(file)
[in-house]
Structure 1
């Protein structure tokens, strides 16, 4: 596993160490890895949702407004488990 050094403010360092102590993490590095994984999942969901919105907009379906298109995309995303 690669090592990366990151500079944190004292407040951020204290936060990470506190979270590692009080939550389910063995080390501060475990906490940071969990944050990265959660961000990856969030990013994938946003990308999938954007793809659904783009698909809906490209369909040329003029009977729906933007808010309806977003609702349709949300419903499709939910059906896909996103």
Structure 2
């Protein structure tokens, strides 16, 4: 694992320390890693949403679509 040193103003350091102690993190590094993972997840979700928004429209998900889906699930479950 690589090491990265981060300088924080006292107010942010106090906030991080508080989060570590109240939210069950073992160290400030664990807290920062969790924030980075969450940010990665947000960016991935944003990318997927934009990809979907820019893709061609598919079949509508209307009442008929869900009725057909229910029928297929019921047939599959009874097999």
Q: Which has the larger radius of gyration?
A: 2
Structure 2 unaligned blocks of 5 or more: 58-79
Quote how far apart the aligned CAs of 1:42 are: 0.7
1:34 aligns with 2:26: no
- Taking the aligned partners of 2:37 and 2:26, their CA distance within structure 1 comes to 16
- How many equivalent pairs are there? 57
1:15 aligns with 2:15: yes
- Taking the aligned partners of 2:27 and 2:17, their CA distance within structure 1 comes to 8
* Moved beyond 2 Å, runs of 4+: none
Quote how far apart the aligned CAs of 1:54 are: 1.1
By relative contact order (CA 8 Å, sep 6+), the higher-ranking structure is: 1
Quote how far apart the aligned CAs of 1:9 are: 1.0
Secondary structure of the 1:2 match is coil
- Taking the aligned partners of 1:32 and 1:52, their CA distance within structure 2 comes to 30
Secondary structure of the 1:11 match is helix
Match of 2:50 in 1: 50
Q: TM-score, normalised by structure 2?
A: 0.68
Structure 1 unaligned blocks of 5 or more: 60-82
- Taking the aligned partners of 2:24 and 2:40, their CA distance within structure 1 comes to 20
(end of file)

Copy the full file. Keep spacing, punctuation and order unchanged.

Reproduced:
[in-house]
Structure 1
């Protein structure tokens, strides 16, 4: 596993160490890895949702407004488990 050094403010360092102590993490590095994984999942969901919105907009379906298109995309995303 690669090592990366990151500079944190004292407040951020204290936060990470506190979270590692009080939550389910063995080390501060475990906490940071969990944050990265959660961000990856969030990013994938946003990308999938954007793809659904783009698909809906490209369909040329003029009977729906933007808010309806977003609702349709949300419903499709939910059906896909996103």
Structure 2
């Protein structure tokens, strides 16, 4: 694992320390890693949403679509 040193103003350091102690993190590094993972997840979700928004429209998900889906699930479950 690589090491990265981060300088924080006292107010942010106090906030991080508080989060570590109240939210069950073992160290400030664990807290920062969790924030980075969450940010990665947000960016991935944003990318997927934009990809979907820019893709061609598919079949509508209307009442008929869900009725057909229910029928297929019921047939599959009874097999």
Q: Which has the larger radius of gyration?
A: 2
Structure 2 unaligned blocks of 5 or more: 58-79
Quote how far apart the aligned CAs of 1:42 are: 0.7
1:34 aligns with 2:26: no
- Taking the aligned partners of 2:37 and 2:26, their CA distance within structure 1 comes to 16
- How many equivalent pairs are there? 57
1:15 aligns with 2:15: yes
- Taking the aligned partners of 2:27 and 2:17, their CA distance within structure 1 comes to 8
* Moved beyond 2 Å, runs of 4+: none
Quote how far apart the aligned CAs of 1:54 are: 1.1
By relative contact order (CA 8 Å, sep 6+), the higher-ranking structure is: 1
Quote how far apart the aligned CAs of 1:9 are: 1.0
Secondary structure of the 1:2 match is coil
- Taking the aligned partners of 1:32 and 1:52, their CA distance within structure 2 comes to 30
Secondary structure of the 1:11 match is helix
Match of 2:50 in 1: 50
Q: TM-score, normalised by structure 2?
A: 0.68
Structure 1 unaligned blocks of 5 or more: 60-82
- Taking the aligned partners of 2:24 and 2:40, their CA distance within structure 1 comes to 20